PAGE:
21st virtual exchange session of the Community of Practice on Climate Policy Monitoring and Evaluation.

On Wednesday 7 July 2021, the 21st virtual exchange session of the Climate Policy Monitoring and Evaluation Community of Practice (M&E CoP) supported by FIIAPP in the Climate Governance component of EUROCLIMA+ with support from the LEDS LAC Platform took place. The session "Priorities for action and planning for a new work cycle" aimed to reconsider the functioning of this CoP M&E, and agree on how it will be operating and discuss with members the priorities of the planned thematic agenda.

General Context

Fernando Farías, senior consultant of the UNEP DTU Partnership, shared an overview of the current context on priorities for adaptation M&E. On the one hand, at the global level, there are expectations that COP26 negotiations will agree on methodological issues that establish the guidelines for reaching the 2023 “global stocktake”. These include adaptation elements, such as tabular reporting formats and considerations for the link between mitigation and adaptation, as well as the implementation of paragraphs 13 and 14 with the contents of the different reporting documents. While these issues are pending the outcome of the negotiations, some countries have already started to report on adaptation elements, for example, by incorporating content from their adaptation communications into their updated NDCs.

On the other hand, at the country level, it was highlighted that in the area of climate transparency, most of the available resources and funding are being allocated to building capacity to develop emissions inventories and indicators related to mitigation, with limited opportunities for accessing financial resources or tools for adaptation issues. The “Capacity Building Initiative for Transparency” (CBIT), administered by the GEF on behalf of the United Nations, which in the case of adaptation gathers requests from countries focused on building tools and systems to monitor and increase capacities at the sectoral and subnational levels. For its part, the “Initiative for Climate Action Transparency” (ICAT), supported by the governments of Germany, Italy and Denmark, although it does not have the amount of resources of CBIT, has greater accessibility and speed for the implementation of projects. To date ICAT has reached 30 countries globally, focusing on mitigation issues. However, the emphasis is on a version of the ICAT initiative, on adaptation issues, which is not as well known internationally and to date has five countries, including the Dominican Republic from LAC (and Panama soon to join). The focus of current projects is on the development of platforms for information gathering and sectoral capacity building (mainly agriculture, water and tourism) at national and sub-national levels.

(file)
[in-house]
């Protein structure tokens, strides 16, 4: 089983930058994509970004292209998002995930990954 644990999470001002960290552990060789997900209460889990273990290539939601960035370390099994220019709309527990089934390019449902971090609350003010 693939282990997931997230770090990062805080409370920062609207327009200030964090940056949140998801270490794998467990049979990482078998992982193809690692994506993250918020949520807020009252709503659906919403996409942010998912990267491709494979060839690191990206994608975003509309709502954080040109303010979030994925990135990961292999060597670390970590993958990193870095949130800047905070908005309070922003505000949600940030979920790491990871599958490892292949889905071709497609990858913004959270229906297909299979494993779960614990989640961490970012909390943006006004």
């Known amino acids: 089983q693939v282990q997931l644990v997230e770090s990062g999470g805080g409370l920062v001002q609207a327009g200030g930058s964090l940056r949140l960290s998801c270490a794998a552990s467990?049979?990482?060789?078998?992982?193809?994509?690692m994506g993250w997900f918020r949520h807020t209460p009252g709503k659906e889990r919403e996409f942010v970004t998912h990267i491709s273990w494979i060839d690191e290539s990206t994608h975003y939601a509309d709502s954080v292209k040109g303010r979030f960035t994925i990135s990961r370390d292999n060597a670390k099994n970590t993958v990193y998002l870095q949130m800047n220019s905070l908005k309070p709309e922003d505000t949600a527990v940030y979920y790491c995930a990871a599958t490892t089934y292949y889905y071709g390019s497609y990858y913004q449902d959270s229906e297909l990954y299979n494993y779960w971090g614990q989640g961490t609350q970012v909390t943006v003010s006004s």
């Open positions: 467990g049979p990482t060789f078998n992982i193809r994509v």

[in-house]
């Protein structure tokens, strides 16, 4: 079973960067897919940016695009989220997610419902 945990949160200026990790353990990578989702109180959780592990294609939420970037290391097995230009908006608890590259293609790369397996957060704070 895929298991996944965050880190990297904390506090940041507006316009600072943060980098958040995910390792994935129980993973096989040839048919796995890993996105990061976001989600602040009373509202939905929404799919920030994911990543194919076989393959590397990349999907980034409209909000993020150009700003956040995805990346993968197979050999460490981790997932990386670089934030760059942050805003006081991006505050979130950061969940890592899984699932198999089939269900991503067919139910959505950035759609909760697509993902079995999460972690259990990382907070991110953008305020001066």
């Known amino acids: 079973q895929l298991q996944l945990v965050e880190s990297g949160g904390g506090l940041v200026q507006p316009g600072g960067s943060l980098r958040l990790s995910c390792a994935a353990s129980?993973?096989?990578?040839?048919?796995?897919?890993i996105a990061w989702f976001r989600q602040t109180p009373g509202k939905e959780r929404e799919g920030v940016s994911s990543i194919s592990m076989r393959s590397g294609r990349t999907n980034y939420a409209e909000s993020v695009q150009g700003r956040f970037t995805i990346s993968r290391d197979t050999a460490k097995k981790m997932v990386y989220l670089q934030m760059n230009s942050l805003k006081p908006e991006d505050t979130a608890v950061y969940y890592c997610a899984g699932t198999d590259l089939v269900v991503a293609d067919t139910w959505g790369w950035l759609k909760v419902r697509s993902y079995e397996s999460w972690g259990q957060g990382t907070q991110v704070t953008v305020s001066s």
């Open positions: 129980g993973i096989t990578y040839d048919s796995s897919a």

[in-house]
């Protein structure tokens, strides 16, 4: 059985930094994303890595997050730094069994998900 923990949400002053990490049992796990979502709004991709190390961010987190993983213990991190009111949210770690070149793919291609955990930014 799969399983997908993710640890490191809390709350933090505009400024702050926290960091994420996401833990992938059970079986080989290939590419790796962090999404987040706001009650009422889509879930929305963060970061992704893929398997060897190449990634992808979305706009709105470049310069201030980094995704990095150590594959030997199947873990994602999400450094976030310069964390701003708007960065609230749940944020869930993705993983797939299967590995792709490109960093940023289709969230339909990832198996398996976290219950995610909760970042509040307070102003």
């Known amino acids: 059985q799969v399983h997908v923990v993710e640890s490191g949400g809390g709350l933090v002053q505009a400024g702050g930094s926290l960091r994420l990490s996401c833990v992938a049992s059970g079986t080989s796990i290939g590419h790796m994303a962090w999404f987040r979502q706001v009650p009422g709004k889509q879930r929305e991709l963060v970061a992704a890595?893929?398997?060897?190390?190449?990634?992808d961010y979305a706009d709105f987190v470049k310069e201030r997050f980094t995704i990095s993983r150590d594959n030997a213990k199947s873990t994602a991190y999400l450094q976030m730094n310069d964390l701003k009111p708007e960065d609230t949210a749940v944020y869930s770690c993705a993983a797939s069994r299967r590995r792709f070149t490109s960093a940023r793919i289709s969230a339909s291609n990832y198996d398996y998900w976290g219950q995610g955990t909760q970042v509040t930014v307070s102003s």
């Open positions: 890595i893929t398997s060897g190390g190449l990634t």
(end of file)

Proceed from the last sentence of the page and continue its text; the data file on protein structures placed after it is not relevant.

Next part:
The EUROCLIMA+ programme has a line of action on transparency issues that seeks to improve transparency and accountability of climate policy and the implementation of Nationally Determined Contributions (NDCs), and to support the development of information systems and the generation of climate scenarios.

Countries can access support targeted to their country needs through the Country Dialogue mechanism. For more information, please contact the programme focal points at: https://euroclimaplus.org/mapas-2021

Finally, in terms of resources, the recently published report “Reporting Adaptation through the Biannual Transparency Reports” (in English), of the UNEP DTU Partnership was shared. It is hoped that it will serve as a reporting tool for countries to enable greater interaction in policy decision-making at national, sub-national and sectoral levels.

About the CoP M&E